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    can someone pls explain this
    how can it be the greatest possible value of this distance like it doesnt change.. and how do we even get the greatest possible value
    im so confused
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    (Original post by pondsteps)
    can someone pls explain this
    how can it be the greatest possible value of this distance like it doesnt change.. and how do we even get the greatest possible value
    im so confused
    Although it doesn't change, you don't know where it is. It could be anywhere on the rod. Question is asking you what's the greatest value it could take such that the rod remains in equilibrium.
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    (Original post by ghostwalker)
    Although it doesn't change, you don't know where it is. It could be anywhere on the rod. Question is asking you what's the greatest value it could take such that the rod remains in equilibrium.
    so why does x have max value when the rod is tilting??? what makes it max and how did we know
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    (Original post by pondsteps)
    so why does x have max value when the rod is tilting??? what makes it max and how did we know
    Well for small values of x, the weight is close to A, and the rod is stable.
    If x was 3l, and the weight was at C, then I think it's clear the rod will tilt.


    So, some point in between (when x is a maximum) the rod will be on the verge of tilting.
    At that point the reaction at A will be zero. The rod will just be balancing on the other support. Taking moments about that will give you x.
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    (Original post by ghostwalker)
    Well for small values of x, the weight is close to A, and the rod is stable.
    If x was 3l, and the weight was at C, then I think it's clear the rod will tilt.


    So, some point in between (when x is a maximum) the rod will be on the verge of tilting.
    At that point the reaction at A will be zero. The rod will just be balancing on the other support. Taking moments about that will give you x.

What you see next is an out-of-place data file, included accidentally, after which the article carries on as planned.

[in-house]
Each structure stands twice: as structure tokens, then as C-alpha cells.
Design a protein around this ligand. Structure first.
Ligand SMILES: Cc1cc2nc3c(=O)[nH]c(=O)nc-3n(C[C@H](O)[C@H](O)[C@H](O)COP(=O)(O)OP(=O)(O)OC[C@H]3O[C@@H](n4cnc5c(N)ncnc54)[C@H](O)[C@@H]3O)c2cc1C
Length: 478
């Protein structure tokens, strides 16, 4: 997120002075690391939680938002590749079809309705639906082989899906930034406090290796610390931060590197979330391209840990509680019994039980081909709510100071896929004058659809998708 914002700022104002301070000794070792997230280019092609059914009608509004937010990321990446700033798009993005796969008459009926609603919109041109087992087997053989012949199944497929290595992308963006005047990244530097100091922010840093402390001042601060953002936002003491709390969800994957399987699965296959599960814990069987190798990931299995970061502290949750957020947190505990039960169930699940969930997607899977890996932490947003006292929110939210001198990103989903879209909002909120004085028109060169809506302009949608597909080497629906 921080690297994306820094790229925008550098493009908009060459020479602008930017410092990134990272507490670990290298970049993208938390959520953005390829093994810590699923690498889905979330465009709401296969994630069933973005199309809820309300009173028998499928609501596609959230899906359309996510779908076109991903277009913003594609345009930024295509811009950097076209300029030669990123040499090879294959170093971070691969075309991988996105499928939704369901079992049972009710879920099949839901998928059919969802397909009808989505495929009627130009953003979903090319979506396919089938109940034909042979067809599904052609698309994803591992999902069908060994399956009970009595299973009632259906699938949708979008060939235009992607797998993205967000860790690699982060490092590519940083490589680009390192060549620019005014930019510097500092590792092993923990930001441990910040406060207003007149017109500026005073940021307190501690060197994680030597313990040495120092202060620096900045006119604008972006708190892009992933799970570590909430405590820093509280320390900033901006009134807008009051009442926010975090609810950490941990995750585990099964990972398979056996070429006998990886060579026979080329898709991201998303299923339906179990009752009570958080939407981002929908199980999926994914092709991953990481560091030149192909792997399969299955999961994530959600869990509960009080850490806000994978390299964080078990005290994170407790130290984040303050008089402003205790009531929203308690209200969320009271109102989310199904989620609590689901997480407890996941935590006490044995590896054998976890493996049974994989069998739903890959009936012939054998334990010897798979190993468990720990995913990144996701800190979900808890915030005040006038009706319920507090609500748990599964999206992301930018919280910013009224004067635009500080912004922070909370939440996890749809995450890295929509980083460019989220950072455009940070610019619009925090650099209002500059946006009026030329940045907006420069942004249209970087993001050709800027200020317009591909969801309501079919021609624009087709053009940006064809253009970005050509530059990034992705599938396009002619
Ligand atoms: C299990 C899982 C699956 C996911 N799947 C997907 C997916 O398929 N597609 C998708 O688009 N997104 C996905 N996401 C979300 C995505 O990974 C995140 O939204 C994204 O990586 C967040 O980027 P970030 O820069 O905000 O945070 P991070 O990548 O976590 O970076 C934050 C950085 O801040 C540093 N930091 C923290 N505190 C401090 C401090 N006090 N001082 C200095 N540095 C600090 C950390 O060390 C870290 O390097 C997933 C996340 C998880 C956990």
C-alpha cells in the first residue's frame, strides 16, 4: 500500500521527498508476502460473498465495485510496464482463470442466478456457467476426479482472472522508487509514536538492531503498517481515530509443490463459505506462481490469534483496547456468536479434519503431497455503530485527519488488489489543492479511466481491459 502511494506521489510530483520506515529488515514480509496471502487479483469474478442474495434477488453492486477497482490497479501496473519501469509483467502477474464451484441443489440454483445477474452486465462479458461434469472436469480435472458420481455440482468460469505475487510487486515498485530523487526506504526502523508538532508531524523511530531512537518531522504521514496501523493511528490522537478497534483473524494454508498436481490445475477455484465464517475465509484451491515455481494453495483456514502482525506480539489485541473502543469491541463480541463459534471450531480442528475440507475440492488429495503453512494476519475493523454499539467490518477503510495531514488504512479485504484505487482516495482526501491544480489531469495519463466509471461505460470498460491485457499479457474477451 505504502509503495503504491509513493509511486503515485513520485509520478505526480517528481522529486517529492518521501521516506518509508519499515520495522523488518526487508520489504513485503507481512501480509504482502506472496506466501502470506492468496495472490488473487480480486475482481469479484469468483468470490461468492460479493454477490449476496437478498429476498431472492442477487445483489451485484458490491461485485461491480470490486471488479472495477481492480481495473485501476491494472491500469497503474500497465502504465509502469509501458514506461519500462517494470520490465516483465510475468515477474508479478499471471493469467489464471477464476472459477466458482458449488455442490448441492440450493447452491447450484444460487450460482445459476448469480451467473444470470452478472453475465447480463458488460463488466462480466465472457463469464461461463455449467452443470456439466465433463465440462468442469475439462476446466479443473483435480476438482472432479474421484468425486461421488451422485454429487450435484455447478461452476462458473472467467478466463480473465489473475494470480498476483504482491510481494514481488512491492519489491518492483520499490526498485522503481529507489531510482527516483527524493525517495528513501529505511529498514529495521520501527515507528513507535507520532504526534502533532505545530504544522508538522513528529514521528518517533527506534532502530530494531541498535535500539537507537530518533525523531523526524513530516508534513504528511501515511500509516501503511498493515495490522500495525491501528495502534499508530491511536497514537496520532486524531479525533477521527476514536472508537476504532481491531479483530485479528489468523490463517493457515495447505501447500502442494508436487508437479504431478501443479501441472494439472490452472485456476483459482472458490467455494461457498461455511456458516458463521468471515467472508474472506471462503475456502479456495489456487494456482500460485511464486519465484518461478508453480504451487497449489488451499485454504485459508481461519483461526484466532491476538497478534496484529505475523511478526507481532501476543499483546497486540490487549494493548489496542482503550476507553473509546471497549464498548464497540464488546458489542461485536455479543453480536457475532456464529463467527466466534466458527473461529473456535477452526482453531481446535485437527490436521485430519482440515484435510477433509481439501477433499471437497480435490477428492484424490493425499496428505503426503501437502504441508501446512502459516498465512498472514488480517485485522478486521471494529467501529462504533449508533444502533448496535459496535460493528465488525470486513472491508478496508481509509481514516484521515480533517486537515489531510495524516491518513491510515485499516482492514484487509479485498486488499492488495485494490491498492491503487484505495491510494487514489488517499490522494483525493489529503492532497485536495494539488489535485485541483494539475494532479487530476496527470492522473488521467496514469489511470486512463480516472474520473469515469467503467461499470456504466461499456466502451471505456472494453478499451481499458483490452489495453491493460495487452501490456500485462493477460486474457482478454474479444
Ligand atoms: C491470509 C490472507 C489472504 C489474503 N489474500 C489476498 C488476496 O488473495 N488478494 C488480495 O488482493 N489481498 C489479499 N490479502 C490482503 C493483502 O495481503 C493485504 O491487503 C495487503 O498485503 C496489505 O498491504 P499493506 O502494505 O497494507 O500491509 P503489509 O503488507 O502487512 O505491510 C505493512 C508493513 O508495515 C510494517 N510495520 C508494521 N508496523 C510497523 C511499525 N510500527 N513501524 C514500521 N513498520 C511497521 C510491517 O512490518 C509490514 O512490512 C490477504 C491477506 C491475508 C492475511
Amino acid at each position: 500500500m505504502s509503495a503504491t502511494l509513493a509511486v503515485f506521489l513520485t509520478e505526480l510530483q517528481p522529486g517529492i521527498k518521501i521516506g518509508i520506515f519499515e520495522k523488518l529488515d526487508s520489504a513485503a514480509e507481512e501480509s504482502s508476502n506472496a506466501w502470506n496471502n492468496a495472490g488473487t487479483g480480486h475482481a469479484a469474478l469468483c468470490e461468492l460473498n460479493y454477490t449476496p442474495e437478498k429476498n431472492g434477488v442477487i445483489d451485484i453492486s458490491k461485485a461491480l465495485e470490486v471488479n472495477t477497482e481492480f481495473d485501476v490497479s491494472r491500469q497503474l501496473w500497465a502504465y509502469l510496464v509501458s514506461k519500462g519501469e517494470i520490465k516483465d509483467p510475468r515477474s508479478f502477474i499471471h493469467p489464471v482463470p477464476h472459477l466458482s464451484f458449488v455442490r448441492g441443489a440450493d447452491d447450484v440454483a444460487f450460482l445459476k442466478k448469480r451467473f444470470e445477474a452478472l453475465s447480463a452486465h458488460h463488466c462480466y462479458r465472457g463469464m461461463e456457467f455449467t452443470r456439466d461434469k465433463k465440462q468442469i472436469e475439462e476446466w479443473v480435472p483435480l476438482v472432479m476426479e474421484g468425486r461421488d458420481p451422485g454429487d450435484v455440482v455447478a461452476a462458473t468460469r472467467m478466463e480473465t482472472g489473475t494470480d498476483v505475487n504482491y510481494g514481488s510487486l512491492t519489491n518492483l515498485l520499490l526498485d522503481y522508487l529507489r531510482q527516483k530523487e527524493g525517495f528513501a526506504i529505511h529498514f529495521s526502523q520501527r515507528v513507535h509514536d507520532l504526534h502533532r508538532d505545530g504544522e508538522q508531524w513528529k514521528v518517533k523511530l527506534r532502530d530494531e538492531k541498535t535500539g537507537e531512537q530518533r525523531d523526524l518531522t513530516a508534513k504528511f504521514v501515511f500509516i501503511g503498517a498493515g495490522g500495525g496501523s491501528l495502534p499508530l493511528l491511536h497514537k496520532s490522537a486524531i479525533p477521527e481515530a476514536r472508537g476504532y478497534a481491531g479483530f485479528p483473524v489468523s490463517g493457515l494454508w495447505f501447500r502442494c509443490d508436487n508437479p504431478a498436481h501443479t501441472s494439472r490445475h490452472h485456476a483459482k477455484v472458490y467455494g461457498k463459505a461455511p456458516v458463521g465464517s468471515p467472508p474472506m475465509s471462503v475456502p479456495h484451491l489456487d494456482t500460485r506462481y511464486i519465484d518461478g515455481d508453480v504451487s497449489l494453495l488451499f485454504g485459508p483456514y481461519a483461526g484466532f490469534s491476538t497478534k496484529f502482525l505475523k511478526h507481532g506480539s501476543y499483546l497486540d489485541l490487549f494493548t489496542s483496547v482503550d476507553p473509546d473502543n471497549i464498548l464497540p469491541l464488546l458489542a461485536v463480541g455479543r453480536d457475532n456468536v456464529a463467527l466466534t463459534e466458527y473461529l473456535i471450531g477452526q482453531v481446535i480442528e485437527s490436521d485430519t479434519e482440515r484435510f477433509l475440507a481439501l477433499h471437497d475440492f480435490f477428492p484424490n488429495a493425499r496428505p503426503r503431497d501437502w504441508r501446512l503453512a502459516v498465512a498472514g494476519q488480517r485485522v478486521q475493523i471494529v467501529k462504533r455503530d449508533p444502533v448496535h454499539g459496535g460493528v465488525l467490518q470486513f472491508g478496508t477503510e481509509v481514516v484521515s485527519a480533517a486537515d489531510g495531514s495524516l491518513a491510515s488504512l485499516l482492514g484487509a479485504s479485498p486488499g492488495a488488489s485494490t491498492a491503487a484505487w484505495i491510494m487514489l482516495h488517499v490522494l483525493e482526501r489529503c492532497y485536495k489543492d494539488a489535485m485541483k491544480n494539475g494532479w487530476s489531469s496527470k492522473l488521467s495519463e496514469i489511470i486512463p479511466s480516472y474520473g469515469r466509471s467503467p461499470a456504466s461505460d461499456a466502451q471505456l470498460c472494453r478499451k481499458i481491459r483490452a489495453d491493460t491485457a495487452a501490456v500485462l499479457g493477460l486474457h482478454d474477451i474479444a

btw will there still be a normal force at A if its about to tip???
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    (Original post by pondsteps)
    btw will there still be a normal force at A if its about to tip???
    No; when it's about to tip, there is no reaction / normal force at A.
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    Do you have the answers for these:
    I got 2.25l for the first one and 1.75l for the second.
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    (Original post by RKM21)
    Do you have the answers for these:
    I got 2.25l for the first one and 1.75l for the second.
    First one is wrong, second one is right.

    Post your working if you can't find your mistake. This is the Jan 2014 IAL paper Q6 so you can check your answers there.
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    (Original post by notnek)
    First one is wrong, second one is right.

    Post your working if you can't find your mistake. This is the Jan 2014 IAL paper Q6 so you can check your answers there.
    no its 2015 jan ial
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    (Original post by pondsteps)
    no its 2015 jan ial
    Oops. Thanks for the correction.
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    Aaah yes. Forgot to minus it from 2l.

    Thanks,
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    (Original post by ghostwalker)
    No; when it's about to tip, there is no reaction / normal force at A.
    does at the point of tipping mean that it's still horizontal and at equilibrium?
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    (Original post by pondsteps)
    does at the point of tipping mean that it's still horizontal and at equilibrium?
    Yes.
 
 
 
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